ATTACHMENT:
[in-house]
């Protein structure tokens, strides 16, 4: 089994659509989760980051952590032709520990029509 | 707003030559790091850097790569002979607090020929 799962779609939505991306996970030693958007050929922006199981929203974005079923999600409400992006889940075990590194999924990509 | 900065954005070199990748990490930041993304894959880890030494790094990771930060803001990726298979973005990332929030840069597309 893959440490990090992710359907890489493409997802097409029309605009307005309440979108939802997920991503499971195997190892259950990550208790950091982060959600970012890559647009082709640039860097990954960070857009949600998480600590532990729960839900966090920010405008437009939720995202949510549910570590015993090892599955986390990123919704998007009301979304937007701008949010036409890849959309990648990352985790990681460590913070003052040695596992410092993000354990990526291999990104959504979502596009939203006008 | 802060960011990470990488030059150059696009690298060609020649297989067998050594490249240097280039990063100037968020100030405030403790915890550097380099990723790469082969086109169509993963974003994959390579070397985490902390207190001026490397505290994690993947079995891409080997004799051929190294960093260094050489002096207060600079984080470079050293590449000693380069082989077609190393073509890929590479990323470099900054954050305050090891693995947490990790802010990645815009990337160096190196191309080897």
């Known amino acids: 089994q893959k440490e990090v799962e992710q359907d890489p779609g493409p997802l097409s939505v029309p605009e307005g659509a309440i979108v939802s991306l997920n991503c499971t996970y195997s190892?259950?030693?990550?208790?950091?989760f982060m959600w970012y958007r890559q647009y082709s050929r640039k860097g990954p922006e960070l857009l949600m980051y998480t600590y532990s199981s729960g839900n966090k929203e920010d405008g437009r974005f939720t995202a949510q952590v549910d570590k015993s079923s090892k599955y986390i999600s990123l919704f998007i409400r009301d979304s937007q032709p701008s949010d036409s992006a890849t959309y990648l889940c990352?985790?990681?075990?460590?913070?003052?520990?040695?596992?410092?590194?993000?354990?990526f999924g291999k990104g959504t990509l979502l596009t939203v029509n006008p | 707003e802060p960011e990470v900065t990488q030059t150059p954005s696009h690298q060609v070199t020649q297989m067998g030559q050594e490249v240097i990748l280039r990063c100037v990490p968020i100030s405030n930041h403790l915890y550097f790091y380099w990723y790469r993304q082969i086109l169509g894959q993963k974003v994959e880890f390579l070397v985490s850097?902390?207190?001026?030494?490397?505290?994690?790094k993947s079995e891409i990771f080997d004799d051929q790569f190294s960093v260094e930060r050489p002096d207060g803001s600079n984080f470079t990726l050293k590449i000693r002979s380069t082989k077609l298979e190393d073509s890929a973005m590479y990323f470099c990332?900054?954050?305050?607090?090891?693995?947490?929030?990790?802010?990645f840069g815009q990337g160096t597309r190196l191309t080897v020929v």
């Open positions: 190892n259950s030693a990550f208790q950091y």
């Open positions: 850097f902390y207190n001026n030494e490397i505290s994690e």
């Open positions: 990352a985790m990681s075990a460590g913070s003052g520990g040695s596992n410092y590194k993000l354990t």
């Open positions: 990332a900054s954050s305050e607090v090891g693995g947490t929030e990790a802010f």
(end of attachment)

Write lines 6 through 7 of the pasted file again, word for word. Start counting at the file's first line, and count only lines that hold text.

């Open positions: 990352a985790m990681s075990a460590g913070s003052g520990g040695s596992n410092y590194k993000l354990t």
């Open positions: 990332a900054s954050s305050e607090v090891g693995g947490t929030e990790a802010f």